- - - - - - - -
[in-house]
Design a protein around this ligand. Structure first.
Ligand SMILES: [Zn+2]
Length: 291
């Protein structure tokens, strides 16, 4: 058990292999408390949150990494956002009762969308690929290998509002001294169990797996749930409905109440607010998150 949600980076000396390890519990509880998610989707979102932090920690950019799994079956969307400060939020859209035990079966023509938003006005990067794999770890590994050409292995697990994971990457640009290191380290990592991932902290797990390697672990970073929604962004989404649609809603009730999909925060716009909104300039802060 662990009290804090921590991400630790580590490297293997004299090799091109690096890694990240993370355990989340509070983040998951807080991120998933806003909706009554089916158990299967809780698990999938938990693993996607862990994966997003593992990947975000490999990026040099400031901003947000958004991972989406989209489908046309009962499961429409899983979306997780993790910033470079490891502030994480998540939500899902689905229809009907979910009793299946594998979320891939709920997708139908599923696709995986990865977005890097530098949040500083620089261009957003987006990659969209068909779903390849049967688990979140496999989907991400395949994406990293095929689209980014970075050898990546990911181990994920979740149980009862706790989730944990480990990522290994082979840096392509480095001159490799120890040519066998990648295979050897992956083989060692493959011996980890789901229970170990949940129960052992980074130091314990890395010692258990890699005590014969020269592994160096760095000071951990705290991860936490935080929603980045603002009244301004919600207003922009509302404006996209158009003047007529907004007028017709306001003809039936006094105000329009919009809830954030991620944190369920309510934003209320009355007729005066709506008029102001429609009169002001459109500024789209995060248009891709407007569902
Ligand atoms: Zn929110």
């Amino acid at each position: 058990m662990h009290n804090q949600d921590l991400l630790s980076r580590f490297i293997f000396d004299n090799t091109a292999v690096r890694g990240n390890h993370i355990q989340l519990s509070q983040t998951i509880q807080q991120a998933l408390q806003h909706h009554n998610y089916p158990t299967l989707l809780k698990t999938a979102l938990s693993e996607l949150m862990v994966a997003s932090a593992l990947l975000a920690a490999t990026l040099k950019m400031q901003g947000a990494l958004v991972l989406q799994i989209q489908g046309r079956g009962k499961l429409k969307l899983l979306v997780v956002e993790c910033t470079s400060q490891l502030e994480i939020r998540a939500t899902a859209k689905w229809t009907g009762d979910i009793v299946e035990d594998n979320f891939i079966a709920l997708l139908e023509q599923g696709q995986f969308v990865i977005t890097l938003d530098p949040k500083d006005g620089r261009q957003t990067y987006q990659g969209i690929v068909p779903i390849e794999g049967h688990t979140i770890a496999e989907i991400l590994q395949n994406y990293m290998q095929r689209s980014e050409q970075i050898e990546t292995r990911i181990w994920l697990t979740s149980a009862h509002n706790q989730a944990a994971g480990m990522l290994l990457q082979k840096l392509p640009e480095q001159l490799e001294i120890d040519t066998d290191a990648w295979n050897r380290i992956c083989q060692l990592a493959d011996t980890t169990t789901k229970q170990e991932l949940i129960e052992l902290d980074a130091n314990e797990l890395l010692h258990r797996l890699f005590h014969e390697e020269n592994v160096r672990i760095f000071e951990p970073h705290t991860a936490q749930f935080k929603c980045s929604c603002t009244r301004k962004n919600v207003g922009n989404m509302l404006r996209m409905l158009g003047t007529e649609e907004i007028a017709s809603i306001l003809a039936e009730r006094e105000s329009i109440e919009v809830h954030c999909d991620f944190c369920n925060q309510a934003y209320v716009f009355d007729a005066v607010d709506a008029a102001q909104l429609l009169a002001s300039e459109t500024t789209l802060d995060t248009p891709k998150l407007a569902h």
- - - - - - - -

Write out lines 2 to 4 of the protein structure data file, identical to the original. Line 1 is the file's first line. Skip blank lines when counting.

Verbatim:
Design a protein around this ligand. Structure first.
Ligand SMILES: [Zn+2]
Length: 291